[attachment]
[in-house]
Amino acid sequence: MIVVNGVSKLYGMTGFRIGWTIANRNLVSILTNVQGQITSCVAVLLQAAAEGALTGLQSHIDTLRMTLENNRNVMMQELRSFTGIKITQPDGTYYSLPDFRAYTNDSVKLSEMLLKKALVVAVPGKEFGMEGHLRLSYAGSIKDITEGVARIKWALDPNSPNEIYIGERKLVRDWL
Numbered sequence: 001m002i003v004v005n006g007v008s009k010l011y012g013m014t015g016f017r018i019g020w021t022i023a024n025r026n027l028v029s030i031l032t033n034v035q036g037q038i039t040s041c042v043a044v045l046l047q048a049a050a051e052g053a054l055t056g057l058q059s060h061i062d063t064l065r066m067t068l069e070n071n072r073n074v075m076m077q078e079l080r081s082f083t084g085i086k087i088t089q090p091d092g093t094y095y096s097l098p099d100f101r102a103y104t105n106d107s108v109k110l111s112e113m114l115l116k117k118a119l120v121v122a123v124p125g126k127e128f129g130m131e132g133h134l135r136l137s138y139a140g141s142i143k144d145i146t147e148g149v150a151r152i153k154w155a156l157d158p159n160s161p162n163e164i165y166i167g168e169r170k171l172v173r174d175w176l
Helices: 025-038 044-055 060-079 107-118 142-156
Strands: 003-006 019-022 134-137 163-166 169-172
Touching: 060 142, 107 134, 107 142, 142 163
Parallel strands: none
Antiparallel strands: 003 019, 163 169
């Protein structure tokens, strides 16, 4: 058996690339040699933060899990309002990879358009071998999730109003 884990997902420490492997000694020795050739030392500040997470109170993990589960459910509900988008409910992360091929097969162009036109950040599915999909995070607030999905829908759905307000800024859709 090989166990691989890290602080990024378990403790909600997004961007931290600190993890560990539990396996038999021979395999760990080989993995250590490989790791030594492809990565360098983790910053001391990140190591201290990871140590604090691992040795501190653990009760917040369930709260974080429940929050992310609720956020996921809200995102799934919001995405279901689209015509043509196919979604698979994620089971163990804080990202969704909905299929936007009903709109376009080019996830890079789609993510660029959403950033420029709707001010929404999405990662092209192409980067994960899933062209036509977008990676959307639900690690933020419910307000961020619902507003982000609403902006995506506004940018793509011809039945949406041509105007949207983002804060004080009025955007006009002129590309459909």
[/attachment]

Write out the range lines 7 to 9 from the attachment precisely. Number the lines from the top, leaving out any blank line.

Parallel strands: none
Antiparallel strands: 003 019, 163 169
């Protein structure tokens, strides 16, 4: 058996690339040699933060899990309002990879358009071998999730109003 884990997902420490492997000694020795050739030392500040997470109170993990589960459910509900988008409910992360091929097969162009036109950040599915999909995070607030999905829908759905307000800024859709 090989166990691989890290602080990024378990403790909600997004961007931290600190993890560990539990396996038999021979395999760990080989993995250590490989790791030594492809990565360098983790910053001391990140190591201290990871140590604090691992040795501190653990009760917040369930709260974080429940929050992310609720956020996921809200995102799934919001995405279901689209015509043509196919979604698979994620089971163990804080990202969704909905299929936007009903709109376009080019996830890079789609993510660029959403950033420029709707001010929404999405990662092209192409980067994960899933062209036509977008990676959307639900690690933020419910307000961020619902507003982000609403902006995506506004940018793509011809039945949406041509105007949207983002804060004080009025955007006009002129590309459909």